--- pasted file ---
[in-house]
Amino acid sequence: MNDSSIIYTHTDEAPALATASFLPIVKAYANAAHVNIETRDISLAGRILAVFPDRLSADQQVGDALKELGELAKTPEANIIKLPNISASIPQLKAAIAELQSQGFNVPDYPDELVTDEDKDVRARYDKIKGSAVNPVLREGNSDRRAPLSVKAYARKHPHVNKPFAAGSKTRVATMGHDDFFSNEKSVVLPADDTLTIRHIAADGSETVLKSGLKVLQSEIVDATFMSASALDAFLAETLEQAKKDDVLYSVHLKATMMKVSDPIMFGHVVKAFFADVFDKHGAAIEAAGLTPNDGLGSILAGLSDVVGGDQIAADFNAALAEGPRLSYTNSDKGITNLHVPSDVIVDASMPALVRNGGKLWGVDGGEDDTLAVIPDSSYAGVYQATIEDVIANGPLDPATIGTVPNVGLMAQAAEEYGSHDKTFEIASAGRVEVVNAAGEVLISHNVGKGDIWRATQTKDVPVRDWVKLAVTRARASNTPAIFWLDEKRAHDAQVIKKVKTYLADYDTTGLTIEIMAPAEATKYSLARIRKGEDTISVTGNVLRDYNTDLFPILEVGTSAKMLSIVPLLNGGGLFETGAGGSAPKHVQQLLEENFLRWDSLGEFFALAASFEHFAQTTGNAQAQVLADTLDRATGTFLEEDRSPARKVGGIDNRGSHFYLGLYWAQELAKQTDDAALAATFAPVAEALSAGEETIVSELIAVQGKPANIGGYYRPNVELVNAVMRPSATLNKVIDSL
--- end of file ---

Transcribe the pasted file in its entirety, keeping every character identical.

[in-house]
Amino acid sequence: MNDSSIIYTHTDEAPALATASFLPIVKAYANAAHVNIETRDISLAGRILAVFPDRLSADQQVGDALKELGELAKTPEANIIKLPNISASIPQLKAAIAELQSQGFNVPDYPDELVTDEDKDVRARYDKIKGSAVNPVLREGNSDRRAPLSVKAYARKHPHVNKPFAAGSKTRVATMGHDDFFSNEKSVVLPADDTLTIRHIAADGSETVLKSGLKVLQSEIVDATFMSASALDAFLAETLEQAKKDDVLYSVHLKATMMKVSDPIMFGHVVKAFFADVFDKHGAAIEAAGLTPNDGLGSILAGLSDVVGGDQIAADFNAALAEGPRLSYTNSDKGITNLHVPSDVIVDASMPALVRNGGKLWGVDGGEDDTLAVIPDSSYAGVYQATIEDVIANGPLDPATIGTVPNVGLMAQAAEEYGSHDKTFEIASAGRVEVVNAAGEVLISHNVGKGDIWRATQTKDVPVRDWVKLAVTRARASNTPAIFWLDEKRAHDAQVIKKVKTYLADYDTTGLTIEIMAPAEATKYSLARIRKGEDTISVTGNVLRDYNTDLFPILEVGTSAKMLSIVPLLNGGGLFETGAGGSAPKHVQQLLEENFLRWDSLGEFFALAASFEHFAQTTGNAQAQVLADTLDRATGTFLEEDRSPARKVGGIDNRGSHFYLGLYWAQELAKQTDDAALAATFAPVAEALSAGEETIVSELIAVQGKPANIGGYYRPNVELVNAVMRPSATLNKVIDSL